HMRC CEST tool not updated for five years reveals FOI

New information has emerged that should concern any business engaging contractors and dealing with IR35 compliance. A Freedom of Information (FOI) request to HMRC has exposed that the underlying decision engine of HMRC’s Check Employment Status for Tax (CEST) tool – relied upon by countless firms to assess IR35 status – has not been updated in five years. This is despite explicit promises made to Parliament by the Head of HMRC that the tool would be continually revised to align with evolving case law.

The stagnation of CEST means that businesses using it to determine the IR35 status of contractors are making decisions based on outdated logic that no longer reflects the current legal landscape. Shockingly, CEST has remained frozen since 2019, even as more than 20 IR35 tax tribunal hearings have taken place, including the landmark Atholl House Court of Appeal decision that dismantled HMRC’s approach to IR35 status determinations. The FOI response provides irrefutable evidence, with independent sources, proving CEST’s decision engine has been collecting dust for half a decade.

Any organisation relying on CEST to assess IR35 status is at risk of making inaccurate determinations that fail to align with binding case law. Continuing to use an outdated tool, based on the now-obsolete HMRC Policy View of status case law that the Court of Appeal dismissed in the Atholl House case in April 2022, could lead to significant tax liabilities, penalties, and reputational damage down the line. It is imperative that businesses urgently re-evaluate their IR35 compliance processes in light of this disturbing finding.

CEST Freedom of Information Request

The FOI to HMRC was responded to by HMRC on 04 March 2024 and confirmed the following:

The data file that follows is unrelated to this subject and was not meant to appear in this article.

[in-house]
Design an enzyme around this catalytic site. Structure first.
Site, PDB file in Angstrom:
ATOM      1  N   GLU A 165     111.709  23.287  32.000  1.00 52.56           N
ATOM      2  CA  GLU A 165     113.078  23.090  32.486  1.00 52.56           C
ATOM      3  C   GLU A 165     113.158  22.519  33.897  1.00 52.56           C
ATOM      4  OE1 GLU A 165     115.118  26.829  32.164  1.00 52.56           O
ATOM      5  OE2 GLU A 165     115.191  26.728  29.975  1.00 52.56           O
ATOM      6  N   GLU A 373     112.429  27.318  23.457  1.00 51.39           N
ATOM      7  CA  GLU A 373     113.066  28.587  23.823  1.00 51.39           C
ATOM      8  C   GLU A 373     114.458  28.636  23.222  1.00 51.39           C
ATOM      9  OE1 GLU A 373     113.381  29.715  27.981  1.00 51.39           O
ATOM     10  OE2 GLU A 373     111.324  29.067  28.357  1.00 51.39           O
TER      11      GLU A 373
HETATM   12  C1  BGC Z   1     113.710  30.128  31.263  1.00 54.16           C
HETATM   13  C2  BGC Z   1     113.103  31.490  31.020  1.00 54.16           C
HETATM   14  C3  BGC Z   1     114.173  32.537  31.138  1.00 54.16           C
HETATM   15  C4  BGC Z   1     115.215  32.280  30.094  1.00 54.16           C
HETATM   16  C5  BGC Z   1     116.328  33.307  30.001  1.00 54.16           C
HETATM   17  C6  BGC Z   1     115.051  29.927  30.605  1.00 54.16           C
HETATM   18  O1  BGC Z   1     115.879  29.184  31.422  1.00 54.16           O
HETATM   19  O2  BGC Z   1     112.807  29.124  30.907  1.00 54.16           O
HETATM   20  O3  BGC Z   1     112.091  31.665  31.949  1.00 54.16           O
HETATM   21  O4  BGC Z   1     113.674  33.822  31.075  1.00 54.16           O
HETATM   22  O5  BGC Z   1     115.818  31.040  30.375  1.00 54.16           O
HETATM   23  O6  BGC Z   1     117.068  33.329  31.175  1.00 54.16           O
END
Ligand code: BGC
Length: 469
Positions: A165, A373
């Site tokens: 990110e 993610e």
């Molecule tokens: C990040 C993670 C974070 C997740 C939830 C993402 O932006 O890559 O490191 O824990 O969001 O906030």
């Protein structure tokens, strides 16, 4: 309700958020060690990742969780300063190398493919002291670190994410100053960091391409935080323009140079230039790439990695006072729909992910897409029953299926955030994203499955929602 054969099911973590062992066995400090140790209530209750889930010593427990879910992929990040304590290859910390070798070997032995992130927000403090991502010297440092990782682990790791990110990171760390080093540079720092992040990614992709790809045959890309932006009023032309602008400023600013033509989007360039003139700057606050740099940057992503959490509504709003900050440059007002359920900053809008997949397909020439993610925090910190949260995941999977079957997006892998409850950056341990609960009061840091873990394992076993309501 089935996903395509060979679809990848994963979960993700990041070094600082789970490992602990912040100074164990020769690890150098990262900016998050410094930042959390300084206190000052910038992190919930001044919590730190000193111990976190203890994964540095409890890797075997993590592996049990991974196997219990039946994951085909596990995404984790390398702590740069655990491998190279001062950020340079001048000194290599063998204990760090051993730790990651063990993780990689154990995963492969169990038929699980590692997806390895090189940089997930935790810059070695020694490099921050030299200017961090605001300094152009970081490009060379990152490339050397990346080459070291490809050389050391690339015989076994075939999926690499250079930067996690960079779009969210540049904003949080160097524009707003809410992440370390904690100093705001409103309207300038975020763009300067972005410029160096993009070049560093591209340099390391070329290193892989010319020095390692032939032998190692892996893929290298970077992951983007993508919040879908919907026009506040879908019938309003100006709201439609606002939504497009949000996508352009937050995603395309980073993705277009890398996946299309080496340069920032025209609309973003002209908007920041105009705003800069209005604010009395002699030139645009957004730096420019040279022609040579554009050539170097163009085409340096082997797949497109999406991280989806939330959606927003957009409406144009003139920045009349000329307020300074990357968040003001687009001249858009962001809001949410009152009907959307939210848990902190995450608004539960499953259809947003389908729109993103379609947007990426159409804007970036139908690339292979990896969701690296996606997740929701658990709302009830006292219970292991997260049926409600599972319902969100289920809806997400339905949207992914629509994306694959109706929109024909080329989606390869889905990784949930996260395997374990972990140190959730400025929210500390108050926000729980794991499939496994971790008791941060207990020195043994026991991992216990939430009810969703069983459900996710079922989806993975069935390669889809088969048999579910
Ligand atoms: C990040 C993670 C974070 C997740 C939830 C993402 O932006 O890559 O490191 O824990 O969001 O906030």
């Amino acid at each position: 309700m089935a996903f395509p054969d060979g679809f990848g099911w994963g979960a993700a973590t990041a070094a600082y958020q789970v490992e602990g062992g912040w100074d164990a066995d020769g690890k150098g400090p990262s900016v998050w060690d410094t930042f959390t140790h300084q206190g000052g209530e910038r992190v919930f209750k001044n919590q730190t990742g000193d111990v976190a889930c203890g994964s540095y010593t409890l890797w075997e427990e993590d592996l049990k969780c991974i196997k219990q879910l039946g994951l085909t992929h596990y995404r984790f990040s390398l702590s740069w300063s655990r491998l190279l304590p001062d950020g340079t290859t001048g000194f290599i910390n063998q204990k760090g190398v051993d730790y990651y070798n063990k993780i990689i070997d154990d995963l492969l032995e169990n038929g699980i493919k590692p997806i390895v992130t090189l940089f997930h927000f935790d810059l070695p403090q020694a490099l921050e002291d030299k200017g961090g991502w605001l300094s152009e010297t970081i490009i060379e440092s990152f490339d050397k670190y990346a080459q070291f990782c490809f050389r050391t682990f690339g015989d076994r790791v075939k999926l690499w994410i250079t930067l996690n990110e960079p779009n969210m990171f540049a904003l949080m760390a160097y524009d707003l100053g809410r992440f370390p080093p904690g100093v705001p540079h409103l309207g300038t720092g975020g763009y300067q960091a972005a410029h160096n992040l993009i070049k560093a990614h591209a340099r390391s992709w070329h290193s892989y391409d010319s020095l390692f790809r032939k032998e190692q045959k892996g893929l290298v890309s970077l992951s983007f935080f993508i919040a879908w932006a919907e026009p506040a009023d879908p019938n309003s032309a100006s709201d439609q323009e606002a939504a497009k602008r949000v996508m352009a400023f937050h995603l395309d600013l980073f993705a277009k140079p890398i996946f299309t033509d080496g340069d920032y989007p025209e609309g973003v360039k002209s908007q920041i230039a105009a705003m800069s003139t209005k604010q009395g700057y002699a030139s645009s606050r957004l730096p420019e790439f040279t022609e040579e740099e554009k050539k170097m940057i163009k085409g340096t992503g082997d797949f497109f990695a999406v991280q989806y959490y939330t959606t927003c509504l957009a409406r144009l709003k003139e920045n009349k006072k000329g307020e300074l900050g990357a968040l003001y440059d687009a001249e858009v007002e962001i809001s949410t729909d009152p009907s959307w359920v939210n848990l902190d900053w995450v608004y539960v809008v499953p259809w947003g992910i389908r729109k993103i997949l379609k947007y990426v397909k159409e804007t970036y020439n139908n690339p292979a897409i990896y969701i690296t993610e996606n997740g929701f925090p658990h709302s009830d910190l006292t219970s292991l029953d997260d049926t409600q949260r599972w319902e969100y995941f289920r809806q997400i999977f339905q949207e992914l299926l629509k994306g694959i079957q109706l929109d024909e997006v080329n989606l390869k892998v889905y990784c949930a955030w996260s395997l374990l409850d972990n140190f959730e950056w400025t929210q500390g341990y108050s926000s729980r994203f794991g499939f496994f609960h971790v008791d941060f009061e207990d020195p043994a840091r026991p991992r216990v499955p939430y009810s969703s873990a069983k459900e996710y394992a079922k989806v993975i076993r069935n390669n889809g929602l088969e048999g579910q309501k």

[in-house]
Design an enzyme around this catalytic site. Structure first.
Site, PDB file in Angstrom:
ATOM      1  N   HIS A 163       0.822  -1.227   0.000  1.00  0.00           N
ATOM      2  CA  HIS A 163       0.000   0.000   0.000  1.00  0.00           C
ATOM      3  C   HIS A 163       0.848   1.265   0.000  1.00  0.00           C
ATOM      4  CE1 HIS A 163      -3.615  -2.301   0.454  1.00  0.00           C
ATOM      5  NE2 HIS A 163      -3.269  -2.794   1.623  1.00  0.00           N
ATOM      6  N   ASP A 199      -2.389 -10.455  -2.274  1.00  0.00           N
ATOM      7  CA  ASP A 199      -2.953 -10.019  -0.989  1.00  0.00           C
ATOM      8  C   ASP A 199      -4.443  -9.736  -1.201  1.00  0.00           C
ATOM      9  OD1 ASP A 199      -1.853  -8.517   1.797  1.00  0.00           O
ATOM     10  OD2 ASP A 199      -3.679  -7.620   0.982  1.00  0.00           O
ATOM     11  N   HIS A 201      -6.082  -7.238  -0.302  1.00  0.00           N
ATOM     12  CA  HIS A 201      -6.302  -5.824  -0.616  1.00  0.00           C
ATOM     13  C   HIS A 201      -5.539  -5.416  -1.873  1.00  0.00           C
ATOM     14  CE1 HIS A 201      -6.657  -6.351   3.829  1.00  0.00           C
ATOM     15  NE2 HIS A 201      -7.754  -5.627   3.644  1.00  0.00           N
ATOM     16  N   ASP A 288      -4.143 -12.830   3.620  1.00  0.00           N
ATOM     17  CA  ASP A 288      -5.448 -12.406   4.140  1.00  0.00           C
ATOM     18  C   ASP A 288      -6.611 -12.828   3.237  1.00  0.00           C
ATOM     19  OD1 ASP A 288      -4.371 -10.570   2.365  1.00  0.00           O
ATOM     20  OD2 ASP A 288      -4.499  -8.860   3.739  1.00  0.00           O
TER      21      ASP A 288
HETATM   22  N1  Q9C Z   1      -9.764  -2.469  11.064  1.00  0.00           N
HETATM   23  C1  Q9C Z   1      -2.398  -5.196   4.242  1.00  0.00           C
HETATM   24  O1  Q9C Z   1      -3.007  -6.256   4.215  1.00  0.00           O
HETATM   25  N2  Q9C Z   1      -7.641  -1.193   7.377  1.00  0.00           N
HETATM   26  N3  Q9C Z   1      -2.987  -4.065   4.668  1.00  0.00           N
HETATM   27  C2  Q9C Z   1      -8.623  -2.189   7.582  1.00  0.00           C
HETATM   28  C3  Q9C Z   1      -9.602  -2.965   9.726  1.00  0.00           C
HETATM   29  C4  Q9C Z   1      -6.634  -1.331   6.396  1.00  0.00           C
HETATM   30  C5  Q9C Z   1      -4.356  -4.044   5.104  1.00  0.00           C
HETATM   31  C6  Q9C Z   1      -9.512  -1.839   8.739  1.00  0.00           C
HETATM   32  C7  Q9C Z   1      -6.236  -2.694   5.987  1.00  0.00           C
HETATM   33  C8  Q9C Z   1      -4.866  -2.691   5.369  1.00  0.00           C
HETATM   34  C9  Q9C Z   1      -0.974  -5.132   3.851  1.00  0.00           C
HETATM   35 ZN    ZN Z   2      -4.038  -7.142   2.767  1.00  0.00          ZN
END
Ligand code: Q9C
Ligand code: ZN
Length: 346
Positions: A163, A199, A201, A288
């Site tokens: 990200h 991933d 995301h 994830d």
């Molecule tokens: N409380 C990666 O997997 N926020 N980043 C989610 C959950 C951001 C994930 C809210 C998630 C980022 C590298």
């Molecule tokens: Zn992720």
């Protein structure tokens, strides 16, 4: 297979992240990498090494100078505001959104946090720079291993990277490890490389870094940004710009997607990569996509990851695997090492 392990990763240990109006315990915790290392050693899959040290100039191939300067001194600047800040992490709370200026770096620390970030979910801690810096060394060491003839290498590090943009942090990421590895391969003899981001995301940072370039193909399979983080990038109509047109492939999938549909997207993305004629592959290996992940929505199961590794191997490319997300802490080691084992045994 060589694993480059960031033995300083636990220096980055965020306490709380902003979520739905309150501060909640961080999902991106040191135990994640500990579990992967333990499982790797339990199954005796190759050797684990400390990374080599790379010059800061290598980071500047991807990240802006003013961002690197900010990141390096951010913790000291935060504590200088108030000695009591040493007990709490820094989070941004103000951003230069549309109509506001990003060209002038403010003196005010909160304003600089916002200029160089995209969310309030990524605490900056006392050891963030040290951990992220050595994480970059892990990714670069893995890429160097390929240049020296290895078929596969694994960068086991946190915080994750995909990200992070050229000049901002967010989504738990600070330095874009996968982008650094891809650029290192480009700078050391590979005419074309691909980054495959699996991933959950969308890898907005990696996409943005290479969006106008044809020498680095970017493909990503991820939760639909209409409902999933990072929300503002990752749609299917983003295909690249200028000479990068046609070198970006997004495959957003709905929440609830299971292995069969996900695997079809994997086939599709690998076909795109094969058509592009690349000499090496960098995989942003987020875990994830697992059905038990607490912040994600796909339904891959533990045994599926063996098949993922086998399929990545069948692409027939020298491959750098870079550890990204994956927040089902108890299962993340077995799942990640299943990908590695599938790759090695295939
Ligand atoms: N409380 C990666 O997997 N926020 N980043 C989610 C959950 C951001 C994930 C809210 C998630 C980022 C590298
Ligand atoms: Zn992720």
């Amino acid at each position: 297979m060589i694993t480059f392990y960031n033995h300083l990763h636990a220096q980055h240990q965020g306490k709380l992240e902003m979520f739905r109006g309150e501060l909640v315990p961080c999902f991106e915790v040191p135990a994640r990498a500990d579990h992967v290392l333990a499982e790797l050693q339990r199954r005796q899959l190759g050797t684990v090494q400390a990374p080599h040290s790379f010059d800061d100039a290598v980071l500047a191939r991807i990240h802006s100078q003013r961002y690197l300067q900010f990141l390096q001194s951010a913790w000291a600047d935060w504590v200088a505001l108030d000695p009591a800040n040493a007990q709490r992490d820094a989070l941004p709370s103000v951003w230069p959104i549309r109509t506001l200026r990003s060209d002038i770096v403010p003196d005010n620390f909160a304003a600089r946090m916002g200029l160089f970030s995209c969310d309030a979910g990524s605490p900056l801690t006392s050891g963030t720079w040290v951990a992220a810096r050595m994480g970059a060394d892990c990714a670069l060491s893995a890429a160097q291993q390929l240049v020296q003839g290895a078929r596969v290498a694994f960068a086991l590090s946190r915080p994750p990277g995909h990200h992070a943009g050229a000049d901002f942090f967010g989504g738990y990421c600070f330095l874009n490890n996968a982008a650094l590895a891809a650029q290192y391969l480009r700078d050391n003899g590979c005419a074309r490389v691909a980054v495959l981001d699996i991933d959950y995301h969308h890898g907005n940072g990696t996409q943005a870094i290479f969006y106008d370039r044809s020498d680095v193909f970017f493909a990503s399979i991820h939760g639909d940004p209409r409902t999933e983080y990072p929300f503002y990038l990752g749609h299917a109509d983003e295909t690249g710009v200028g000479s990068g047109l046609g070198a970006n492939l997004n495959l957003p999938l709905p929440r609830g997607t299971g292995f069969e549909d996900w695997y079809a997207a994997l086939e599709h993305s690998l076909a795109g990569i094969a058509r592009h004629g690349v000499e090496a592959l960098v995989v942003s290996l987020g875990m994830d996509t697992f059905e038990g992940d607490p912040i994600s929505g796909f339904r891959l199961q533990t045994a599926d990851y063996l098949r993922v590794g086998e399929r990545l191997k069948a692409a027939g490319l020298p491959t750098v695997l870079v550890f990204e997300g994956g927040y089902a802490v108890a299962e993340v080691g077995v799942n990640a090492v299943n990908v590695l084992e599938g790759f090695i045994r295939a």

1. HMRC confirmed that the locations of the programming source code (available in the public domain) provided to them were correct. These are the CEST decision engine at and the CEST front-end at
  2. The CEST decision engine logic is contained in CSV files, which sit in this location: and the latest publication of the decision logic can be found at
  3. HMRC confirmed that “The logic has not changed from the data already held in the public domain, nor has the logic changed since CEST moved to its new guidance platform. As and when we make updates to the logic, those changes will be communicated publicly.”

A simple browse of the latest decision logic in the public domain to which HMRC refers shows that it has not been updated for five years.

The lack of updates to CEST in five years contradicts the promise made by Jim Harra, Head of HMRC, on 04 March 2019, to the Public Accounts Committee, when he told them: “We continually update the tool as new tribunal and court decisions are made about employment status, as well as continually increasing its scope so that it can respond to more and more types of cases… It is an ongoing, unending process.”

Since the last published update to the CEST decision logic, there have been 20 IR35 tax tribunal hearing decisions, including the pivotal Atholl House Court of Appeal decision, but the CEST logic has remained unchanged.

Critical problems with CEST

A 34-page report published by IR35 Shield, titled “Exploring the reliability and accuracy of HMRC’s status assessment tool“, was based on a forensic analysis of the CEST source code and includes references to Parliamentary evidence provided by HMRC. The report highlighted the critical issues: